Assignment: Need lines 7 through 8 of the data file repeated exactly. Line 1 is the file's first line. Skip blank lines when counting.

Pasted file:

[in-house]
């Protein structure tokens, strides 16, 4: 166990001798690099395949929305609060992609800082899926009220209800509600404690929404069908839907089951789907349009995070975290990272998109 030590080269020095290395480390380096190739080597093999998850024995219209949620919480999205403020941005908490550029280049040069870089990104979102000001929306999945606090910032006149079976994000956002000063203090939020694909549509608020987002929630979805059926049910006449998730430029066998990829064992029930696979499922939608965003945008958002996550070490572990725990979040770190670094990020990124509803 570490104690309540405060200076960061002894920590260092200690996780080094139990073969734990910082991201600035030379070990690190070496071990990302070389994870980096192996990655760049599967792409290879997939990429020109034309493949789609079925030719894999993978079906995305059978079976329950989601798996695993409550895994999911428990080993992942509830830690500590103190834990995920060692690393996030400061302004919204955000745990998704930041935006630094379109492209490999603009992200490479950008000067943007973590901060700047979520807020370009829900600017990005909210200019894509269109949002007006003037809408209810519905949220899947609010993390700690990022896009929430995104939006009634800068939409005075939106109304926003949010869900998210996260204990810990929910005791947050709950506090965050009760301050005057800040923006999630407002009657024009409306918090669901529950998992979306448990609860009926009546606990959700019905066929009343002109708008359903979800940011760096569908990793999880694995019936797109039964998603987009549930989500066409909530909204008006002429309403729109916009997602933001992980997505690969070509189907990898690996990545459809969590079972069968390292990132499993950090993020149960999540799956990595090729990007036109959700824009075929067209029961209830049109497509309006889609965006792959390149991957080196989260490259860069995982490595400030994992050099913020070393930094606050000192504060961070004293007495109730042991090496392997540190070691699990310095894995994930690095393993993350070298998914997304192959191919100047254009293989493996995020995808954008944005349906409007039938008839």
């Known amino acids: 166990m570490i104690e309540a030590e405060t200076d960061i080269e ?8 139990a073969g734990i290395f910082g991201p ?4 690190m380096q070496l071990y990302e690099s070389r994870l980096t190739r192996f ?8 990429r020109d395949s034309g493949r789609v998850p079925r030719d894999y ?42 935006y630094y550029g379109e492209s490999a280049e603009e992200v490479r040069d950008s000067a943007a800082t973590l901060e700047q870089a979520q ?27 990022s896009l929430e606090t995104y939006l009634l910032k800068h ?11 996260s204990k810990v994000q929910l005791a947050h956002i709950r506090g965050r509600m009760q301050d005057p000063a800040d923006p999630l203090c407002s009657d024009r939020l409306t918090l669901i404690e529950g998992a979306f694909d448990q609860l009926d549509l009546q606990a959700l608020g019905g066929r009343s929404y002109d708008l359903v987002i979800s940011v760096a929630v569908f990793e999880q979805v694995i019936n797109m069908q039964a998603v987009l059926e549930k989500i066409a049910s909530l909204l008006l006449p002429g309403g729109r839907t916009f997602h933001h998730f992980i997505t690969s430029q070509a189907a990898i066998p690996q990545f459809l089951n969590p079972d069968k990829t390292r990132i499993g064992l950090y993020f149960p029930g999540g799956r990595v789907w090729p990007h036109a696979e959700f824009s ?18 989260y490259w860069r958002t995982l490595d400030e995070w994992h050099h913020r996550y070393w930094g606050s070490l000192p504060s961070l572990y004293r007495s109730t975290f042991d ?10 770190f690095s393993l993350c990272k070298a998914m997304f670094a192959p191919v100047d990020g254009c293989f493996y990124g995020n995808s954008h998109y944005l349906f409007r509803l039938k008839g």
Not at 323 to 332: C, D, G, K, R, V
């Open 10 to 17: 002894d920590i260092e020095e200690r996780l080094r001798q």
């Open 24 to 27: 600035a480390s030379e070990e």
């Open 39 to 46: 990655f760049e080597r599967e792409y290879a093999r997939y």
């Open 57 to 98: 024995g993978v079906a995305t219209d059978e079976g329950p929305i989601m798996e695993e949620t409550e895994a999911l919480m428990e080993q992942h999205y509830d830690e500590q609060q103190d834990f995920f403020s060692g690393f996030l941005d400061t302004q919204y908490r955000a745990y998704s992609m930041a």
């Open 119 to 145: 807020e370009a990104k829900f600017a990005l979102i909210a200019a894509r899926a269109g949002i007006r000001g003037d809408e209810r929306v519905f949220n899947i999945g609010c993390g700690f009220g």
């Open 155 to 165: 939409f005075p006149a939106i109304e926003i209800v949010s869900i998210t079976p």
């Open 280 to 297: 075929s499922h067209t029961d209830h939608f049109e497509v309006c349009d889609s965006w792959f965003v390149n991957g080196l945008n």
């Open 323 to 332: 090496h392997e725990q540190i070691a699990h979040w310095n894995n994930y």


């Open 39 to 46: 990655f760049e080597r599967e792409y290879a093999r997939y």
């Open 57 to 98: 024995g993978v079906a995305t219209d059978e079976g329950p929305i989601m798996e695993e949620t409550e895994a999911l919480m428990e080993q992942h999205y509830d830690e500590q609060q103190d834990f995920f403020s060692g690393f996030l941005d400061t302004q919204y908490r955000a745990y998704s992609m930041a």